Although there is a lot of empty space, these areas make the sense of discovery even more poignant. It feels a lot like going camping. If the game was crammed with stuff, it would diminish on the sense of discovery. I do think it is hard to get the right balance.

I don't think that Zelda lets you warp because it is admission that the world is too big. Zelda is all about giving players a choice in every design decision. Just about everything is optional and it's up to the player to create their own narrative through the world. You can skip between warp points, skip fighting enemies, or even remove the HUD. The important part is that Zelda gives you those options. Everybody is going to play it differently which leads to the water cooler and playground effect. "What you can do that?" Yes You Can.


Originally Posted by Forkball

This. So many people are going into the game expecting it to be absolutely perfect i.e. a 10 out of 10. So when people do stumble upon something they don't like, it's magnified and an "Aha!" moment for critics. A perfect score doesn't mean the game is flawless, it means it provides an experience that few games have rivaled. It's not a dog show where they're taking off points for every nitpick. If it were, no game would ever get a 10.

I totally agree. The game is not perfect. Were Super Mario 64, Ocarina Of Time, GTA 3 perfect? To me it reminds me of them because it marks a new paradigm for open world games that can be further explored and refined. The reason most people have fallen in love with it is because it doing a lot of things that we haven't seen in open world games such as a multilayered systems approach.

Unlike other games that a susceptible to the honeymoon effect, I think the gaming community will always look back at this game as the first of its kind that shifted how open world games get made. It's not like the other Zelda games that were working within an existing formula. Is it perfect? No game is otherwise we would stop playing.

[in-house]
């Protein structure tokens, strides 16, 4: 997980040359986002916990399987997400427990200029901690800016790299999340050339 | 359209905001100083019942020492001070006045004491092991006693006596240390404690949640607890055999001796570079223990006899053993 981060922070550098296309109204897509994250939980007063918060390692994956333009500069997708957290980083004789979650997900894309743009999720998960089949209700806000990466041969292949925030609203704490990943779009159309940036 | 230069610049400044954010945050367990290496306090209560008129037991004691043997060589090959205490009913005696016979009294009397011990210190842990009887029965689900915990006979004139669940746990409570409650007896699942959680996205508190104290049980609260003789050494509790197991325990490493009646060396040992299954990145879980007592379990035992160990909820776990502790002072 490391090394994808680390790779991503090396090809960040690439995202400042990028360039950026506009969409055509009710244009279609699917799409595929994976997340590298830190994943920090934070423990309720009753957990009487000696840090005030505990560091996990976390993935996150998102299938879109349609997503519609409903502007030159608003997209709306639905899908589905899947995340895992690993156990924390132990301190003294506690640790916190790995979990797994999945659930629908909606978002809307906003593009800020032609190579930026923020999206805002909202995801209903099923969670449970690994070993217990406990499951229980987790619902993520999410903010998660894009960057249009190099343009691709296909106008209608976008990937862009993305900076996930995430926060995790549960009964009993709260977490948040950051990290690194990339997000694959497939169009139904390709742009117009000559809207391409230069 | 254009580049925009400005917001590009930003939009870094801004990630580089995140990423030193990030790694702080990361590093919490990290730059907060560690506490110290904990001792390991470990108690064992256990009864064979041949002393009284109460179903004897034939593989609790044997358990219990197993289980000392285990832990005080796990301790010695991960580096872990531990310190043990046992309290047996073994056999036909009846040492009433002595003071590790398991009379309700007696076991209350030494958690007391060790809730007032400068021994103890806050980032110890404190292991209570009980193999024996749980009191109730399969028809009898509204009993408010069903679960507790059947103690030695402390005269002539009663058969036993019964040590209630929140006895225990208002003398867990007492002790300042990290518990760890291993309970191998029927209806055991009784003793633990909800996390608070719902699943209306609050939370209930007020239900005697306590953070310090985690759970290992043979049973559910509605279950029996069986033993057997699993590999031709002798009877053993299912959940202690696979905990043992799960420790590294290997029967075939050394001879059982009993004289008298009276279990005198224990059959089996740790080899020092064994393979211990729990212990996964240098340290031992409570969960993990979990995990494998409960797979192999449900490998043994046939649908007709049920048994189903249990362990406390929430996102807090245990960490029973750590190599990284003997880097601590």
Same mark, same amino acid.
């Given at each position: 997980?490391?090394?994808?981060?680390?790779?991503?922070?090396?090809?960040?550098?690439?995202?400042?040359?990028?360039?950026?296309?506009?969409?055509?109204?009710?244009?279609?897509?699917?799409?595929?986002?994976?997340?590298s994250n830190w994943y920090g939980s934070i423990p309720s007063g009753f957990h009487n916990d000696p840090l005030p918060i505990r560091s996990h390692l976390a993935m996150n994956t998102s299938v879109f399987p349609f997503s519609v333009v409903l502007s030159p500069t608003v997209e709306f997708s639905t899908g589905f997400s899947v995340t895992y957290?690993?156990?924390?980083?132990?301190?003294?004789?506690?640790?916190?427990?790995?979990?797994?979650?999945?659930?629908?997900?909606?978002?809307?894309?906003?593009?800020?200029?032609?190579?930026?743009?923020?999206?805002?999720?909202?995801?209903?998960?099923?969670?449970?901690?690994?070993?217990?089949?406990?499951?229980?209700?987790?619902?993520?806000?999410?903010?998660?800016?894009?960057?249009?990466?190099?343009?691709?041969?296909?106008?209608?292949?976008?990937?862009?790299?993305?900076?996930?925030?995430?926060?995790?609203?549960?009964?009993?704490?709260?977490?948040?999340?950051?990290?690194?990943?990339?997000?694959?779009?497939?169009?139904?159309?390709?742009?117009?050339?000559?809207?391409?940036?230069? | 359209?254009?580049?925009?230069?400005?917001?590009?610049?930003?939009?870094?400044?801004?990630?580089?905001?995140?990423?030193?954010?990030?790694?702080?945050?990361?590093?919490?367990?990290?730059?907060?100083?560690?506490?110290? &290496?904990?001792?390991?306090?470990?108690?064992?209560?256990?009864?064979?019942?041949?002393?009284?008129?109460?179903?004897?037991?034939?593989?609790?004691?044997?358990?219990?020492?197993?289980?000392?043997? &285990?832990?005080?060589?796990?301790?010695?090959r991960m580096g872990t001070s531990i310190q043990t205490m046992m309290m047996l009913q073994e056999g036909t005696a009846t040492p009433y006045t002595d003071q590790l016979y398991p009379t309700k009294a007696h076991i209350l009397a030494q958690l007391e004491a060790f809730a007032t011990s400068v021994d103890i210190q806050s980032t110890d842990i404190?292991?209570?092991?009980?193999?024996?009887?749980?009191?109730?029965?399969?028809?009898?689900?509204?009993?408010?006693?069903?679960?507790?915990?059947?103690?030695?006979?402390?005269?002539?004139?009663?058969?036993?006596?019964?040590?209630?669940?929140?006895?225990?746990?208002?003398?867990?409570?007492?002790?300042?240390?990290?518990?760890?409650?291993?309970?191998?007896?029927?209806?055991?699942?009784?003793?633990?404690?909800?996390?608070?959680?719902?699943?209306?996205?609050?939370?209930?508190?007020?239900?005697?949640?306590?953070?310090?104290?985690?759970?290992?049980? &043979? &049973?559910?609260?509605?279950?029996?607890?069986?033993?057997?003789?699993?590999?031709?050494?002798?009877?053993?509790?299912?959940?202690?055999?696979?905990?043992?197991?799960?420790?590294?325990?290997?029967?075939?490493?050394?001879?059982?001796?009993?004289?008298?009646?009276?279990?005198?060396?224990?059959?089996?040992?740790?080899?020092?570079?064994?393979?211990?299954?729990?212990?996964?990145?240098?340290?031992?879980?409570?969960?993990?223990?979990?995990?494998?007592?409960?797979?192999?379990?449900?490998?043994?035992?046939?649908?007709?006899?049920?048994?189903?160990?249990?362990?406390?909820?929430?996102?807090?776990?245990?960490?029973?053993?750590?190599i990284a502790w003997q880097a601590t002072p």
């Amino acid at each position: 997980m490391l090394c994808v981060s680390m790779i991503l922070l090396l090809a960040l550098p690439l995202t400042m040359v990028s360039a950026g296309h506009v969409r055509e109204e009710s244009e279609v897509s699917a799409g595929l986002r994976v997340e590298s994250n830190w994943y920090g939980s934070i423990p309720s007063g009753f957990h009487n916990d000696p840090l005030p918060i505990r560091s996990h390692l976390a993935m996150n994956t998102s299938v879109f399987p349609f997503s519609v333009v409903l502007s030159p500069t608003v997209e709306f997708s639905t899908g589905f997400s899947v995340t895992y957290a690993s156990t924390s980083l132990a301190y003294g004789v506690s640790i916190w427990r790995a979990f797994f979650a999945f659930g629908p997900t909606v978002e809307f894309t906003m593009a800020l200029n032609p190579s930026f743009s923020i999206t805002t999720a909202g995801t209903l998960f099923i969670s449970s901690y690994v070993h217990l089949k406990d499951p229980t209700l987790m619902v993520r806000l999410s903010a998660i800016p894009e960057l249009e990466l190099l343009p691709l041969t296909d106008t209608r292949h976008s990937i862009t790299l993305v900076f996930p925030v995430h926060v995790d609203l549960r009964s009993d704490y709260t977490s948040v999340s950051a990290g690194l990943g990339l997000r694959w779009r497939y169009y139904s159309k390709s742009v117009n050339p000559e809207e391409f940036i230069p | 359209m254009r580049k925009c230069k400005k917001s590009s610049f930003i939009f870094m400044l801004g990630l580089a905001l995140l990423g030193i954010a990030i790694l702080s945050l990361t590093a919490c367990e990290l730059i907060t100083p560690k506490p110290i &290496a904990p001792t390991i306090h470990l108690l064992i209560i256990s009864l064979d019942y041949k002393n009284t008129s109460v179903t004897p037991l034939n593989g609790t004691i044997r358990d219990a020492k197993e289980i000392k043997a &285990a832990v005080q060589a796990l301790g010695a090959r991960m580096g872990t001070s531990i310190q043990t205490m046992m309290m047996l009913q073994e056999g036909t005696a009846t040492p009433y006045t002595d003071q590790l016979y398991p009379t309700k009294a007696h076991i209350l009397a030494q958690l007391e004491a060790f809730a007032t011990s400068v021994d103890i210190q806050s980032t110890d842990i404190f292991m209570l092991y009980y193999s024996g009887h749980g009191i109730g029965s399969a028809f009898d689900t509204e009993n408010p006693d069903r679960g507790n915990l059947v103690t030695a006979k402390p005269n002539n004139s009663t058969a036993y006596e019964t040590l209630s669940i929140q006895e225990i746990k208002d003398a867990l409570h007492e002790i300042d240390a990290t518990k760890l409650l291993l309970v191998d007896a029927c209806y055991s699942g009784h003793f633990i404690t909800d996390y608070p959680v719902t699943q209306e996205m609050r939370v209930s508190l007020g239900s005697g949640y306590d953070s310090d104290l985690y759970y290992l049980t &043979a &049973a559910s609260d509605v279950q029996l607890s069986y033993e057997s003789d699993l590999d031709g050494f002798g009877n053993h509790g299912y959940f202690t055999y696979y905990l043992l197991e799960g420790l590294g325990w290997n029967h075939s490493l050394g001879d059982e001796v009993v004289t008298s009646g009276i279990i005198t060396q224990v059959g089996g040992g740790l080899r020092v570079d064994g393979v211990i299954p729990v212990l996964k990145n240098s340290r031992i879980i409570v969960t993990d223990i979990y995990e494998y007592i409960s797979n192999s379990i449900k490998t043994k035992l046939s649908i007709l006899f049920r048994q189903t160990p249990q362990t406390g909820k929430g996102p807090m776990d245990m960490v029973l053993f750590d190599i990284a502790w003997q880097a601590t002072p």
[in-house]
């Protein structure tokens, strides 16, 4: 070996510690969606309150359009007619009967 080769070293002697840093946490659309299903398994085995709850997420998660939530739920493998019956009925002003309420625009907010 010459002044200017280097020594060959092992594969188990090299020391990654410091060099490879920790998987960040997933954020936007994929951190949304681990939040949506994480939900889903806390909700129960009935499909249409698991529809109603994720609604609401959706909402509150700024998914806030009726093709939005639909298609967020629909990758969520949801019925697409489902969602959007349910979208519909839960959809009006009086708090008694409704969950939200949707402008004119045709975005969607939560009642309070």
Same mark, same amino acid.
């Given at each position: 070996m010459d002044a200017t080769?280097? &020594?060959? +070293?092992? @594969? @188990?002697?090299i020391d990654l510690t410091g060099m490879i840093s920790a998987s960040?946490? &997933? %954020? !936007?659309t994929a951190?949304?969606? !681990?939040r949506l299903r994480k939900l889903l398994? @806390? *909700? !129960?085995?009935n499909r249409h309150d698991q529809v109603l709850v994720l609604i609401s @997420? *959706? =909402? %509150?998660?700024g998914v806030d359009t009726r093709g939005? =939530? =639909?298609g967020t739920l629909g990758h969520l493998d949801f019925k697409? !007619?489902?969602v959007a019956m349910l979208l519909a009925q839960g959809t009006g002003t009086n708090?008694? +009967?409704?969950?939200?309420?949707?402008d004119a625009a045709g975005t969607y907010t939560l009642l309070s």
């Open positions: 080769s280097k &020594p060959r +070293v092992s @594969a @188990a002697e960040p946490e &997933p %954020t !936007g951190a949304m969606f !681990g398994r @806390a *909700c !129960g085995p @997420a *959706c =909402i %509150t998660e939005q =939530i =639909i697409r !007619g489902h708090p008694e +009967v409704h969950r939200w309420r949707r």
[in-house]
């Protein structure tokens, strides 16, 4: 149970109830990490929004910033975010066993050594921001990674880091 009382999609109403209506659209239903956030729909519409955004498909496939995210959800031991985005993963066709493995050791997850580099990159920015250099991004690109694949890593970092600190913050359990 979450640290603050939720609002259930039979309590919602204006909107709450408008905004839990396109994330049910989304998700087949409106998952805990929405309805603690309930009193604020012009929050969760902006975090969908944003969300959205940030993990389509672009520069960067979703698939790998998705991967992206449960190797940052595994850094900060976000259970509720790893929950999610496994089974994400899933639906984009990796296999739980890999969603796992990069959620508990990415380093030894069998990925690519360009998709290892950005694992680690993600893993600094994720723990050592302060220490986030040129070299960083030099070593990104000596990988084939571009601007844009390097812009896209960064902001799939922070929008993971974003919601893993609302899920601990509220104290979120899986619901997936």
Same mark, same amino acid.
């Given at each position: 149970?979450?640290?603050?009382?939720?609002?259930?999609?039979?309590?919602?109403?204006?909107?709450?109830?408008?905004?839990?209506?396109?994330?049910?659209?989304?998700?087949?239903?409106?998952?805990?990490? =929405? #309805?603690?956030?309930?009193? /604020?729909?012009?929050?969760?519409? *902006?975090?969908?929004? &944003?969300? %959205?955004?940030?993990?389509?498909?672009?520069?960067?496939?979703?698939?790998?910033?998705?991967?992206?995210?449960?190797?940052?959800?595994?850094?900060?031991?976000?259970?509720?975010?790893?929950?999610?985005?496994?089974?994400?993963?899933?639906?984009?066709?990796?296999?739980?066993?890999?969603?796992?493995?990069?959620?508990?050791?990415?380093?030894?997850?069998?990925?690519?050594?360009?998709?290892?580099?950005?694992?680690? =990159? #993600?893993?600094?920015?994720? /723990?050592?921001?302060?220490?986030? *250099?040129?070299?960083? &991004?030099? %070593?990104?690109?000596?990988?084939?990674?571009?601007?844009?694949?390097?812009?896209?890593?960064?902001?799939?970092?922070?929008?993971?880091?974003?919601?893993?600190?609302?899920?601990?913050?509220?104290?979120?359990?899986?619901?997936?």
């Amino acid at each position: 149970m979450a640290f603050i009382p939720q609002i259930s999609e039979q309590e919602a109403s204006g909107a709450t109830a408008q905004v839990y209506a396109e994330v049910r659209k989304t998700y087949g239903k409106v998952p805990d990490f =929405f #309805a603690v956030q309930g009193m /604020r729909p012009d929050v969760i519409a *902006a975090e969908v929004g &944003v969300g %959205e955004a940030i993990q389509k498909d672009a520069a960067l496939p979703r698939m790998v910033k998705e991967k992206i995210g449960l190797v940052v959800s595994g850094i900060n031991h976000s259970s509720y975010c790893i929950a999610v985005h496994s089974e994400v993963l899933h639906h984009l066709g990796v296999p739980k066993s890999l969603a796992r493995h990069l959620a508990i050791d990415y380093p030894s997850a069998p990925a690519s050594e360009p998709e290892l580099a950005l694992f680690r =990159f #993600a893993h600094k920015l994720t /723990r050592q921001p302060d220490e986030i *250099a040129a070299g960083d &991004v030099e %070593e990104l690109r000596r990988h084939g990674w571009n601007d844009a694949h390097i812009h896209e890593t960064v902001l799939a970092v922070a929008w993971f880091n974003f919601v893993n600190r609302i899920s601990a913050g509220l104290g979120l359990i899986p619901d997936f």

Last edited by gamerMan; 03-19-2017 at 06:29 AM.
Jobbs
Ghostly member
(03-19-2017, 06:19 AM)
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Originally Posted by OrbitalBeard

Oh my gosh, it's not that. You could crucify my favorite games and I wouldn't care. You tend to go beyond that and criticize the tastes of people who like things you don't. You definitely aren't nearly as bad about it as some Gaffers, but it gives me pause when you do it, as you're a game developer.

Anyway, this is waaaay off-topic and I apologize for that.

I think you read some of my posts wrong (or maybe I was a bit out of line a few times). Generally I'm doing this as a happy warrior, having fun getting into the dirt talking about games and getting a bit rowdy at it. I try to avoid attacking or insulting other posters, but I apologize if I ended up doing that somehow.
watershed
Member
(03-19-2017, 06:24 AM)
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Originally Posted by Jobbs

I think you read some of my posts wrong (or maybe I was a bit out of line a few times). Generally I'm doing this as a happy warrior, having fun getting into the dirt talking about games and getting a bit rowdy at it. I try to avoid attacking or insulting other posters, but I apologize if I ended up doing that somehow.

It's not that you're attacking people, it's that you're doing this:
https://www.youtube.com/watch?v=97tfphFX-Lc&t=5m22s
Mik2121
Platinum Member
(03-19-2017, 06:27 AM)
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Originally Posted by Lilo_D

What's your thought on the game?

Personally, I'm liking it quite a lot. I'm a big fan of Zelda so that alone makes me very biased, but otherwise I think they've got something quite unique with how they're tackling the open world in this game. It's true that it sometimes can feel very sparse, and the fighting could be a bit more entertaining (I'm playing this at the same time as Horizon Zero Dawn which beat Zelda in some of these aspects).

I will need to play more and get more advanced in the story to really tell. But for now, I've been enjoying just running around, killing things and seeing what's behind each mountain or past each lake or river.

As an environment artist there are some things that feel so rushed, and some things that look quite nice (specially for the hardware). But that stuff is kinda boring for anyone that's not an environment artist so I'm skipping it :P
neohwa
Junior Member
(03-19-2017, 06:29 AM)
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Originally Posted by Mik2121

As an environment artist there are some things that feel so rushed, and some things that look quite nice (specially for the hardware). But that stuff is kinda boring for anyone that's not an environment artist so I'm skipping it :P